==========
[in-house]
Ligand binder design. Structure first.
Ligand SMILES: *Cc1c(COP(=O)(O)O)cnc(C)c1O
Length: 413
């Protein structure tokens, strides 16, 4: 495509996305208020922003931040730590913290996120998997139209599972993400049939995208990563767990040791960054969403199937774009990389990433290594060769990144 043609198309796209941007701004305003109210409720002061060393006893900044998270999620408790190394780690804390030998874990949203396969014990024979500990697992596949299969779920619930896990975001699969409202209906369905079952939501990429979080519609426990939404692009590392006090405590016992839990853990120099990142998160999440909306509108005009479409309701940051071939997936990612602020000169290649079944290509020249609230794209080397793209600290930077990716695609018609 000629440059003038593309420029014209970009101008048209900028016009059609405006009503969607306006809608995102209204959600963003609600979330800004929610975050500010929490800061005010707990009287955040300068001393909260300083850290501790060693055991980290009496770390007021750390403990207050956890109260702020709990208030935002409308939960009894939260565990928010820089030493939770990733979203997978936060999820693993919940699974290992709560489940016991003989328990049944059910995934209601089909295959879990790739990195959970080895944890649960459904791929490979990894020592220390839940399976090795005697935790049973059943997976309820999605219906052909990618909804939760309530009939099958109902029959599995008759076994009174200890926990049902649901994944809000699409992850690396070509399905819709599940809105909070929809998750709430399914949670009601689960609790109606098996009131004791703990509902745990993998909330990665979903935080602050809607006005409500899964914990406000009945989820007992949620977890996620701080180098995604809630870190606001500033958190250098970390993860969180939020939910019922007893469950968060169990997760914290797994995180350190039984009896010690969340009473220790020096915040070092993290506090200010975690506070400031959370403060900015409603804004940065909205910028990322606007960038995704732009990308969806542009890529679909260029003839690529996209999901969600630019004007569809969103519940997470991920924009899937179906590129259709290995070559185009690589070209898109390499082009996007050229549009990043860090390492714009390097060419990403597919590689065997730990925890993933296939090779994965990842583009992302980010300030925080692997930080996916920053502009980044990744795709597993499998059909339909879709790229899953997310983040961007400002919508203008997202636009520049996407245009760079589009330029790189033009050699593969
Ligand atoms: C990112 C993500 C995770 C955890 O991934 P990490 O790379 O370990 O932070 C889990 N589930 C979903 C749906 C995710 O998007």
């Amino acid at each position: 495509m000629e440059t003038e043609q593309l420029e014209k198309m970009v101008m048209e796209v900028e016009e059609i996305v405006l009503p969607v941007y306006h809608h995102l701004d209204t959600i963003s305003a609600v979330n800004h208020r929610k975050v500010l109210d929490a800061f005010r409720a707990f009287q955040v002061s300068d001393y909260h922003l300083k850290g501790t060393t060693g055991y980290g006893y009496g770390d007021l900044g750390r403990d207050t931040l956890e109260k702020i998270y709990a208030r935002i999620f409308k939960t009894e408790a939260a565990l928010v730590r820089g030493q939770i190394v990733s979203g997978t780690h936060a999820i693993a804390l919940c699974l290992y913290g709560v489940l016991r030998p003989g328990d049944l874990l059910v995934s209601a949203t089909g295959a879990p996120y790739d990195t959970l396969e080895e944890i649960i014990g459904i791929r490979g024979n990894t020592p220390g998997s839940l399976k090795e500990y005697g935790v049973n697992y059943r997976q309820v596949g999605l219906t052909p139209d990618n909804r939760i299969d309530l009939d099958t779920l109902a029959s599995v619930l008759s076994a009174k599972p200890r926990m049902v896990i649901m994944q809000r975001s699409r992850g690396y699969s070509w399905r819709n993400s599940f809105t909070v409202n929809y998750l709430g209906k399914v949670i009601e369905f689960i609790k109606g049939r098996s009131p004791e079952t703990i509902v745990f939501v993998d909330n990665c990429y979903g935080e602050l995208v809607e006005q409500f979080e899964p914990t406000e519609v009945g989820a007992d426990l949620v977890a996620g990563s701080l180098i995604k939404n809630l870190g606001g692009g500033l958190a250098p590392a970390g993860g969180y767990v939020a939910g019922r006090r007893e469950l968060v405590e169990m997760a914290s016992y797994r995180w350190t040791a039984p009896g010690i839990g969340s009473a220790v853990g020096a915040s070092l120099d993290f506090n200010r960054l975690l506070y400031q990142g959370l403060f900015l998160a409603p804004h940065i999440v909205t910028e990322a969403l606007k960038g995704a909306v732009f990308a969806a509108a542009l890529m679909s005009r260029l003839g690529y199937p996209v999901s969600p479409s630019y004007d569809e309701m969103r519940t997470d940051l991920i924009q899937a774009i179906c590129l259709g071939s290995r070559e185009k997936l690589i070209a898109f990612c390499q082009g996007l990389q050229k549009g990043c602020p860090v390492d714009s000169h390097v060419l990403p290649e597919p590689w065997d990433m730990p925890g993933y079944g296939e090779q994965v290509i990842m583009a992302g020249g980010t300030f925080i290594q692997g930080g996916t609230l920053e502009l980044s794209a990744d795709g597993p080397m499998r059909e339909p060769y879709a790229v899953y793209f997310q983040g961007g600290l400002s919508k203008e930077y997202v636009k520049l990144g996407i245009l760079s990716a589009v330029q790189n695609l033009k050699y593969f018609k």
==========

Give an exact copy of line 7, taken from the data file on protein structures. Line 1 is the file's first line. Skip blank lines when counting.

């Amino acid at each position: 495509m000629e440059t003038e043609q593309l420029e014209k198309m970009v101008m048209e796209v900028e016009e059609i996305v405006l009503p969607v941007y306006h809608h995102l701004d209204t959600i963003s305003a609600v979330n800004h208020r929610k975050v500010l109210d929490a800061f005010r409720a707990f009287q955040v002061s300068d001393y909260h922003l300083k850290g501790t060393t060693g055991y980290g006893y009496g770390d007021l900044g750390r403990d207050t931040l956890e109260k702020i998270y709990a208030r935002i999620f409308k939960t009894e408790a939260a565990l928010v730590r820089g030493q939770i190394v990733s979203g997978t780690h936060a999820i693993a804390l919940c699974l290992y913290g709560v489940l016991r030998p003989g328990d049944l874990l059910v995934s209601a949203t089909g295959a879990p996120y790739d990195t959970l396969e080895e944890i649960i014990g459904i791929r490979g024979n990894t020592p220390g998997s839940l399976k090795e500990y005697g935790v049973n697992y059943r997976q309820v596949g999605l219906t052909p139209d990618n909804r939760i299969d309530l009939d099958t779920l109902a029959s599995v619930l008759s076994a009174k599972p200890r926990m049902v896990i649901m994944q809000r975001s699409r992850g690396y699969s070509w399905r819709n993400s599940f809105t909070v409202n929809y998750l709430g209906k399914v949670i009601e369905f689960i609790k109606g049939r098996s009131p004791e079952t703990i509902v745990f939501v993998d909330n990665c990429y979903g935080e602050l995208v809607e006005q409500f979080e899964p914990t406000e519609v009945g989820a007992d426990l949620v977890a996620g990563s701080l180098i995604k939404n809630l870190g606001g692009g500033l958190a250098p590392a970390g993860g969180y767990v939020a939910g019922r006090r007893e469950l968060v405590e169990m997760a914290s016992y797994r995180w350190t040791a039984p009896g010690i839990g969340s009473a220790v853990g020096a915040s070092l120099d993290f506090n200010r960054l975690l506070y400031q990142g959370l403060f900015l998160a409603p804004h940065i999440v909205t910028e990322a969403l606007k960038g995704a909306v732009f990308a969806a509108a542009l890529m679909s005009r260029l003839g690529y199937p996209v999901s969600p479409s630019y004007d569809e309701m969103r519940t997470d940051l991920i924009q899937a774009i179906c590129l259709g071939s290995r070559e185009k997936l690589i070209a898109f990612c390499q082009g996007l990389q050229k549009g990043c602020p860090v390492d714009s000169h390097v060419l990403p290649e597919p590689w065997d990433m730990p925890g993933y079944g296939e090779q994965v290509i990842m583009a992302g020249g980010t300030f925080i290594q692997g930080g996916t609230l920053e502009l980044s794209a990744d795709g597993p080397m499998r059909e339909p060769y879709a790229v899953y793209f997310q983040g961007g600290l400002s919508k203008e930077y997202v636009k520049l990144g996407i245009l760079s990716a589009v330029q790189n695609l033009k050699y593969f018609k």